Along the way

Every prairie town touts a claim to fame. Hodgeville, Saskatchewan brags about two – Coyote Capital of Canada and Home of the Saskatchewan Flag. We cooked al fresco on the museum’s fire pump. Coyotes didn’t bother us.  

Officially the green on Saskatchewan’s flag represents the northern forests of the province and the gold symbolizes the southern grain fields. Having travelled through south Saskatchewan in June and September this year, we’ve witnessed its field’s green to gold transformation. Either interpretation, the flag’s color bars are appropriate.

Peculiar place names aroused our curiosity. Old Wives Lake, Saskatchewan and Seven Persons, Alberta both have their origin in Indian legends.

Prairie people are proud of their history. You’ll encounter museums of every genre. Just south of Moose Jaw, Saskatchewan the Sukanen Ship Pioneer Village & Museum showcases the ship built in the middle of the prairie by Tom Sukanen who intended to sail it back to Europe.   

We traveled the Red Coat Trail, the path taken in 1874 by the North-West Mounted Police to Fort Walsh in the Cypress Hills.  

Further west along the Red Coat Trail at Etzikom, Alberta antique windmills are displayed with the claim that “it wasn’t the gun that won the West – it was the windmill.” Harnessing the wind to grind grain, saw wood or churn butter had been long established in Europe and the British Isles. But on the North American prairies windmills would provide the means to pump water from underground aquifers. Windmill pumps worked 24-7 and were cheap to both build and operate.

Water and irrigation made prosperity possible in the arid Palliser Triangle thanks to the hard work of Mormon Church members. Without water, early settlers weren’t interested in farming a virtual desert. Irrigation canals would be the solution and no one knew more about irrigation than the Latter-Day Saints who had already transformed the landscape in Utah. Gravity would pull water from the St. Mary’s River to the Mormon settlement at Stirling, Alberta.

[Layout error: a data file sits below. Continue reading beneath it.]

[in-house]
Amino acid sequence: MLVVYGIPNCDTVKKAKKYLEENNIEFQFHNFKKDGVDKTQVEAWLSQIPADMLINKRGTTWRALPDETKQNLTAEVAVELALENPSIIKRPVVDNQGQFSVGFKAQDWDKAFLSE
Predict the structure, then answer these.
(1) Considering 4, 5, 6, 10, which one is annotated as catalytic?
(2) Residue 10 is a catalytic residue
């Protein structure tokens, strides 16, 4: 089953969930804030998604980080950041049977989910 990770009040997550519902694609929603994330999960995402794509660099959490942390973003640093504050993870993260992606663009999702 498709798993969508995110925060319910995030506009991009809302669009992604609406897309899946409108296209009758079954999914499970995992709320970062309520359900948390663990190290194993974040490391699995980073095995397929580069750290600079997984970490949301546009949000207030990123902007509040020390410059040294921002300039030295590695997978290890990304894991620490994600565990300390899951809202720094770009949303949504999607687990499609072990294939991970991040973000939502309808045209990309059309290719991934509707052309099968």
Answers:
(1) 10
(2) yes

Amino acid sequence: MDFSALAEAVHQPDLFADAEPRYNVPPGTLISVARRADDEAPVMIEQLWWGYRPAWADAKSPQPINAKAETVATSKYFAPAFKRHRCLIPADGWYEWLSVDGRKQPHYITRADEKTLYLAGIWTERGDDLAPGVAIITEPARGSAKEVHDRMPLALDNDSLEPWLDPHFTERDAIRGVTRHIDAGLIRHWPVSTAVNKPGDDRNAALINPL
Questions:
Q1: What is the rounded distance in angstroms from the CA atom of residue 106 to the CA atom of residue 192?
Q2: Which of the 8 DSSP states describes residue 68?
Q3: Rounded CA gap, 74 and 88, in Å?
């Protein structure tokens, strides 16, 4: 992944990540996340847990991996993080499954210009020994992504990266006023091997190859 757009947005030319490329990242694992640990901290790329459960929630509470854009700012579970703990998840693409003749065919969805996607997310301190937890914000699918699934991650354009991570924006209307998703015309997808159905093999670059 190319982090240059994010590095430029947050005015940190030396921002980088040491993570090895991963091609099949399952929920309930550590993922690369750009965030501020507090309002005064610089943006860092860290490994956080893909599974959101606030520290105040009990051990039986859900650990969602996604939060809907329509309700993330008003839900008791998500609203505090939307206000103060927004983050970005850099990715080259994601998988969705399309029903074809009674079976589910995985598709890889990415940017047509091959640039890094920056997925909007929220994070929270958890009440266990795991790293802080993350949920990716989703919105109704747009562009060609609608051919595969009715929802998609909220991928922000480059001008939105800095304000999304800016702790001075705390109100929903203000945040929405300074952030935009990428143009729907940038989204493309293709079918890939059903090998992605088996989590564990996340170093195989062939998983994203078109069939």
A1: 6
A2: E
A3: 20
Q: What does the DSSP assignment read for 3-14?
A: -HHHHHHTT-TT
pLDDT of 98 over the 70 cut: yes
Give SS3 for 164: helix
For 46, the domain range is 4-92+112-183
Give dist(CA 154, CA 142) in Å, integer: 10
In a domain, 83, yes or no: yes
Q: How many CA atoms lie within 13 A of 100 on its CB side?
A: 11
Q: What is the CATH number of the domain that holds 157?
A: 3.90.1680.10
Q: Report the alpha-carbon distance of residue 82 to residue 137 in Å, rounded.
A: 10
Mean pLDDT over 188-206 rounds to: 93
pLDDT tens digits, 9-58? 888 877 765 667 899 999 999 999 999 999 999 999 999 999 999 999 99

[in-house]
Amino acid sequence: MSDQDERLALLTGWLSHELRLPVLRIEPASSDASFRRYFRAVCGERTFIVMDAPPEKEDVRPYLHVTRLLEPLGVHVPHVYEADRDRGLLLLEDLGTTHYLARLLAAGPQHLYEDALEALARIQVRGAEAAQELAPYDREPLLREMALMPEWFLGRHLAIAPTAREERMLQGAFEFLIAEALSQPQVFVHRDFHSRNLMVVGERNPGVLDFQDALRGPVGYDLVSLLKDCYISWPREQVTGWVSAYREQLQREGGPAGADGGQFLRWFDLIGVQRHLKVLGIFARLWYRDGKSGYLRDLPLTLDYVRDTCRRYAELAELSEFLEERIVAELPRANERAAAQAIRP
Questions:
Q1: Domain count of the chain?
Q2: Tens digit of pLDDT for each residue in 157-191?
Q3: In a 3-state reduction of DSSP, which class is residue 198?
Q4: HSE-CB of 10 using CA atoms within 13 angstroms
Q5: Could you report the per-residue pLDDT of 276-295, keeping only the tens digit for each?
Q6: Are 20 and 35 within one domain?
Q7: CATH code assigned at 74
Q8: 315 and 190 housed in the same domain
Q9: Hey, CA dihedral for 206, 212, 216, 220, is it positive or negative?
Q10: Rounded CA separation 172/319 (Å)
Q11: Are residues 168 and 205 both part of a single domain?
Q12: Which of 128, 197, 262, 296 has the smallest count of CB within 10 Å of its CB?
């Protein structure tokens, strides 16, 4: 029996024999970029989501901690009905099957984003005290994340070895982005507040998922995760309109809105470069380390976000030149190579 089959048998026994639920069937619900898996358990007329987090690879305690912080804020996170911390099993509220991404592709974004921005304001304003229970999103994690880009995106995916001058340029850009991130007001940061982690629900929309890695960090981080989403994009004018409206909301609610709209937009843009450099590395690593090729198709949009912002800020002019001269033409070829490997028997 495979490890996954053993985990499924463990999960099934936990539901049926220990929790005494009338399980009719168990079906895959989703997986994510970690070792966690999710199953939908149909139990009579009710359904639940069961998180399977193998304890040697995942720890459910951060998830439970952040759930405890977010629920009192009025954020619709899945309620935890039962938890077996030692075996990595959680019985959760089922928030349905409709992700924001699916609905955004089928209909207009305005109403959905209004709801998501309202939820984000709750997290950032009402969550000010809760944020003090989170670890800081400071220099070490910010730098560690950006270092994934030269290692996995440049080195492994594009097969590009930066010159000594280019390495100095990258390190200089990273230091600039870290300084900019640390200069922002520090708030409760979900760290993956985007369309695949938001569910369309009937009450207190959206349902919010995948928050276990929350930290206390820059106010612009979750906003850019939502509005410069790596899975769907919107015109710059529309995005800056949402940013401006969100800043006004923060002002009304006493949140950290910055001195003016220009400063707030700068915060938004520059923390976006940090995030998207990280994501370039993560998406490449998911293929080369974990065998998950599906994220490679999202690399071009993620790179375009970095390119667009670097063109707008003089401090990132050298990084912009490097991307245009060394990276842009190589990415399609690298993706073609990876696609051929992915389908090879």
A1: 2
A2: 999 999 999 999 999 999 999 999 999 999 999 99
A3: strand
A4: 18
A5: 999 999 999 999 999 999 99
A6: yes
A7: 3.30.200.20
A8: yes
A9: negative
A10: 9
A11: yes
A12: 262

Just as settlers needed water, soapweed needs the yucca moth. “Neither species can survive on a long-term basis without the other. Moth larvae feed only on soapweed seeds and soapweed can only produce seeds if pollinated by yucca moths.”

Free-living soapweed is known to occur in only two populations in southeastern Alberta.  A horticultural display at the Etzikom Museum brought this Native American medicinal plant to our attention.

“Walk through life as if you have something new to learn and you will.”

Author: Tulák

Curious – what’s around the next corner? Wandering, searching to find, where do I belong? Between the old and new world. Always looking for an adventure.

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